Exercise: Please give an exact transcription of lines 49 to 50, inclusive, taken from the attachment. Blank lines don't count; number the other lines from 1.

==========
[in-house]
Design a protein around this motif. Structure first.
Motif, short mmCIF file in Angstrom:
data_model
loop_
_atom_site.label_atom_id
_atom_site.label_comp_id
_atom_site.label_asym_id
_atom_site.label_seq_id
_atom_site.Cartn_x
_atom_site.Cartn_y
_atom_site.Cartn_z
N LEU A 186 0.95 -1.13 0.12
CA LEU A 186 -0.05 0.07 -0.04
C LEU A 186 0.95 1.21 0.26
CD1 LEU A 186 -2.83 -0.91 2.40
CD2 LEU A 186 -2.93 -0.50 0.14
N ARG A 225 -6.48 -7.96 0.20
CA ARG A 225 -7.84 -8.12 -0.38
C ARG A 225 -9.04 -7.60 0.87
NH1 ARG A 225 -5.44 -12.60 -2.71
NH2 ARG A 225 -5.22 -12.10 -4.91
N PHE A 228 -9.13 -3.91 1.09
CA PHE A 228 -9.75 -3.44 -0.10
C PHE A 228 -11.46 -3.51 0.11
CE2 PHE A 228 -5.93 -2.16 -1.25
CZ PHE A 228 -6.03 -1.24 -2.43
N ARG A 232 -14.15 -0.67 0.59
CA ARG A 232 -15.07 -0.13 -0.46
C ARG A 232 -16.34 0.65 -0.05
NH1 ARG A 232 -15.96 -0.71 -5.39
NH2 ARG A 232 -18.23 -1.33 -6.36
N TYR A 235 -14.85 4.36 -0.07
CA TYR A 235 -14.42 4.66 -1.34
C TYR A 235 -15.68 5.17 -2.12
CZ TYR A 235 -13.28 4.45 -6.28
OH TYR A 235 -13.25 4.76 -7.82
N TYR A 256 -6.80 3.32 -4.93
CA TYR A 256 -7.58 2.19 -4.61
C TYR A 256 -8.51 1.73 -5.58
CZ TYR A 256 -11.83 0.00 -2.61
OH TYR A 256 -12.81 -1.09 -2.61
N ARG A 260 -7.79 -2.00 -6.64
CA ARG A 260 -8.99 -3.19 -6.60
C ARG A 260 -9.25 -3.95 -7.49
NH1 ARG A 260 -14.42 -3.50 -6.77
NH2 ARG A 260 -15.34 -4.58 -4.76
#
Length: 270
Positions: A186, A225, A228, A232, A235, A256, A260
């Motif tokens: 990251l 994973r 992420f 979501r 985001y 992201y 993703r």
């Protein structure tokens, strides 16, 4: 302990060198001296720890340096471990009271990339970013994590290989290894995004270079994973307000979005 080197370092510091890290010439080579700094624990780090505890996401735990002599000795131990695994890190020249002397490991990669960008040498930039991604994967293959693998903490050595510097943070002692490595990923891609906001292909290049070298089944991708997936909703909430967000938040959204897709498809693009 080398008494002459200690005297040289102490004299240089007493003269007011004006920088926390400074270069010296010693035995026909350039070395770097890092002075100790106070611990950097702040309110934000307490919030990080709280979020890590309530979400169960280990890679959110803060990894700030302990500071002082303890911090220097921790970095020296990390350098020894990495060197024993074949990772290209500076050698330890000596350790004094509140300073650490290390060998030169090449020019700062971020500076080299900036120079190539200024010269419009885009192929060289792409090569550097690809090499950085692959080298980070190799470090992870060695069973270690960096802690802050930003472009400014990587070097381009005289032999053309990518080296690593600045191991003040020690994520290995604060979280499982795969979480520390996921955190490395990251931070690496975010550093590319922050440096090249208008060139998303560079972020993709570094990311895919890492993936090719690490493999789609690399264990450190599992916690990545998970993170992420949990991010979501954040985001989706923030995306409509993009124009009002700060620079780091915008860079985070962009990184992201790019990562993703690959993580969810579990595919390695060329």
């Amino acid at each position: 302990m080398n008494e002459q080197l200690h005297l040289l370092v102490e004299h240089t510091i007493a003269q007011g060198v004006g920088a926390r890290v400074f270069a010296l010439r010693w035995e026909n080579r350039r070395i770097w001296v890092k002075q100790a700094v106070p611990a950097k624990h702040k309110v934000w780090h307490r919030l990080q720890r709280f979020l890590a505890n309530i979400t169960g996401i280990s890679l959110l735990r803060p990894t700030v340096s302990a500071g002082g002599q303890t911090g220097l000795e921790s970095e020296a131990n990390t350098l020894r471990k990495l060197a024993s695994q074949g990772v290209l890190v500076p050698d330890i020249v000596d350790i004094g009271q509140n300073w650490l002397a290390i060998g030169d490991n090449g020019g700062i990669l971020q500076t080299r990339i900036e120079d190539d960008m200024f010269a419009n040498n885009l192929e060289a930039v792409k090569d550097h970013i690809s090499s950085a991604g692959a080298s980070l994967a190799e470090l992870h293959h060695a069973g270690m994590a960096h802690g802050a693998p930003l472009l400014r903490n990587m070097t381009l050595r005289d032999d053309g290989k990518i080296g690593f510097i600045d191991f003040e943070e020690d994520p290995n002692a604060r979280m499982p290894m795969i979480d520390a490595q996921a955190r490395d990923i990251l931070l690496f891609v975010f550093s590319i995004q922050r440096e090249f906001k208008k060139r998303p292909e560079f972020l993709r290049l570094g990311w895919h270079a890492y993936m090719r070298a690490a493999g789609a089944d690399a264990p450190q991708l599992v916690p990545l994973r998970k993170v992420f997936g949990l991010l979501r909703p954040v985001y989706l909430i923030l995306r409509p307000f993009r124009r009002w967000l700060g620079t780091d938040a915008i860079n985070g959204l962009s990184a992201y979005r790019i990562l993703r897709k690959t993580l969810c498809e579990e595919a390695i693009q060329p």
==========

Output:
Length: 270
Positions: A186, A225, A228, A232, A235, A256, A260